Miri Eisen, in Tel Aviv where her parents had moved the family in 1970, began talking to her eldest, 6-year-old Yiftach, after Yasser Arafat’s death. “I talk to him about the future and the importance of peace,” she said. “He would tell people that Mom is lecturing about Israel and that a bad man died, but hopefully now there will be a chance for peace. They know I am continuing to study Arabic, that I meet Arabs and Jews, and that all people deserve to live in peace.”
Darwish cannot speak her mind in her own country, but on U.S. soil, she is passionate. “Where are the moderate Muslims? Why are they not speaking out?” she asks. “It is these people who need to uplift the compassion and tolerance I know exists in Islam. Our children must be taught that support of Israel does not mean lack of support for Arabs.”
It is the fundamentalists, she said, “who are shaming us Arabs, in our culture which is based on pride — and shame. Fear of a common enemy has become their system for uniting Arabs — and Israel has become the most useful enemy. Blaming Israel has become an industry. Even the Asian tsunami was blamed on the Jews! It’s an industry that enabled Yasser Arafat to become one of the richest men in the world — while his people live in poverty.”
Life in Israel is different in so many ways. “We are a thriving democracy, and most Israelis really don’t want to live anywhere else, Eisen explained.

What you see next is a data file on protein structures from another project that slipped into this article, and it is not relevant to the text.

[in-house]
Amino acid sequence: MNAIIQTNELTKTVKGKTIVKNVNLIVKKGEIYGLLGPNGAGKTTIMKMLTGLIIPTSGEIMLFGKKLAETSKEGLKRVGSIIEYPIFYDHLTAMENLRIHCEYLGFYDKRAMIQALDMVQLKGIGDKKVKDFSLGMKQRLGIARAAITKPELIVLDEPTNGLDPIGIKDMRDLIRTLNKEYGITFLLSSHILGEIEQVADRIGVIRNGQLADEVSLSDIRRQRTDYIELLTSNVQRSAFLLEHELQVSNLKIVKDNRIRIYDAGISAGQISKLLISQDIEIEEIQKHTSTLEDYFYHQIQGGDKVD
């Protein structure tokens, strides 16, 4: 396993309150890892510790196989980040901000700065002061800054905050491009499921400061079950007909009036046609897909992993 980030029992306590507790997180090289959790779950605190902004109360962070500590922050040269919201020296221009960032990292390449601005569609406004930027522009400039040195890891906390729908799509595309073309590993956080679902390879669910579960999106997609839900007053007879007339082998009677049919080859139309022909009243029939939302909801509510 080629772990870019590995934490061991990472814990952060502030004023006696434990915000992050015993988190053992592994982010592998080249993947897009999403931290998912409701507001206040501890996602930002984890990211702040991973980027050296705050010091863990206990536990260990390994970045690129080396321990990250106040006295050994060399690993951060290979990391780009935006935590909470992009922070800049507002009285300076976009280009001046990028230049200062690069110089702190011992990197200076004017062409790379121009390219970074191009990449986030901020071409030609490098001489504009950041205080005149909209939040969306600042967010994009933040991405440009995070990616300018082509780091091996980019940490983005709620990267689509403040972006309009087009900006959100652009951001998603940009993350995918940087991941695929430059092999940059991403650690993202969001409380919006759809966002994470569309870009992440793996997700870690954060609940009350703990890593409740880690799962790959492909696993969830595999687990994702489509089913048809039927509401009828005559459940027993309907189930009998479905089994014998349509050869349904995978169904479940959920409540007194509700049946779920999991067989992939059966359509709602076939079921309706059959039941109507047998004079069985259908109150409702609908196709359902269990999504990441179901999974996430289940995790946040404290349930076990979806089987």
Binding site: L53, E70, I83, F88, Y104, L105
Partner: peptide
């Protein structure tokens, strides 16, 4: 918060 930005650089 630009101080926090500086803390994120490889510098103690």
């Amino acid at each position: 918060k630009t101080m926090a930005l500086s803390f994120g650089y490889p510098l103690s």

“We do live a life of drama,” she continued. “We tune into the news 24/7. But in the past six months, even we have been knocked out by the amount of drama we must endure.”
An impossible task — to change a system that indoctrinates children from the youngest ages to hate and to seek vengeance?
“Palestinians, on the whole, think that most Israelis do not want peace, or a settlement of any kind, and that most Israelis want to deny the Palestinians any chance at statehood,” Eisen says. “They see Israel, on the whole, as an aggressive militaristic society waiting to destroy them. The only way to change this is through education — a very big hurdle.”
The solution, adds Darwish, must begin with soul-searching by Muslims, both in the Middle East and in the U.S. Looking inward, she believes, is the first step to restoring Arab culture to its original greatness.
My dream? To bring together the leaders of every country in the Middle East — and have Darwish and Eisen, two mothers, as the guest speakers.